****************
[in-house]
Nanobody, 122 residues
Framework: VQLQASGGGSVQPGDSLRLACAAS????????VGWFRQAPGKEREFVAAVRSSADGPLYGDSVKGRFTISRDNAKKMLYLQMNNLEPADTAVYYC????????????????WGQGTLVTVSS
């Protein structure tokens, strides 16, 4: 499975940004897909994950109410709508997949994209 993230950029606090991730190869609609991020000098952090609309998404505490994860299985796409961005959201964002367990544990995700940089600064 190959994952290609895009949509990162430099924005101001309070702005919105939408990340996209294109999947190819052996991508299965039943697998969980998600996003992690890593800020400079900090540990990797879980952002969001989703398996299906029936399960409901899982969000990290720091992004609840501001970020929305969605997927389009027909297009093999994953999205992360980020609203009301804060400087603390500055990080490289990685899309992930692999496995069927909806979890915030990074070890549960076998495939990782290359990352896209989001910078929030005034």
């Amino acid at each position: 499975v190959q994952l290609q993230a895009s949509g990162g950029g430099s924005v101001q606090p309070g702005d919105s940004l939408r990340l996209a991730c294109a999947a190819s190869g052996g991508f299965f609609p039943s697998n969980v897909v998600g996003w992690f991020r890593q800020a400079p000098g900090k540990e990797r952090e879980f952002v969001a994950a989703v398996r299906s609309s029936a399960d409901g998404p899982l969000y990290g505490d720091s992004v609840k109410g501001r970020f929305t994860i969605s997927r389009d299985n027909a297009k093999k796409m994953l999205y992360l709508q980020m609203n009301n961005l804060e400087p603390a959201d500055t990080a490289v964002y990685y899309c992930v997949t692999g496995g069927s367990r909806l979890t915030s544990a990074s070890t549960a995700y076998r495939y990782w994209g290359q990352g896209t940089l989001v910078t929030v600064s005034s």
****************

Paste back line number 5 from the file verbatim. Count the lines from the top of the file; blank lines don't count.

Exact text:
């Amino acid at each position: 499975v190959q994952l290609q993230a895009s949509g990162g950029g430099s924005v101001q606090p309070g702005d919105s940004l939408r990340l996209a991730c294109a999947a190819s190869g052996g991508f299965f609609p039943s697998n969980v897909v998600g996003w992690f991020r890593q800020a400079p000098g900090k540990e990797r952090e879980f952002v969001a994950a989703v398996r299906s609309s029936a399960d409901g998404p899982l969000y990290g505490d720091s992004v609840k109410g501001r970020f929305t994860i969605s997927r389009d299985n027909a297009k093999k796409m994953l999205y992360l709508q980020m609203n009301n961005l804060e400087p603390a959201d500055t990080a490289v964002y990685y899309c992930v997949t692999g496995g069927s367990r909806l979890t915030s544990a990074s070890t549960a995700y076998r495939y990782w994209g290359q990352g896209t940089l989001v910078t929030v600064s005034s």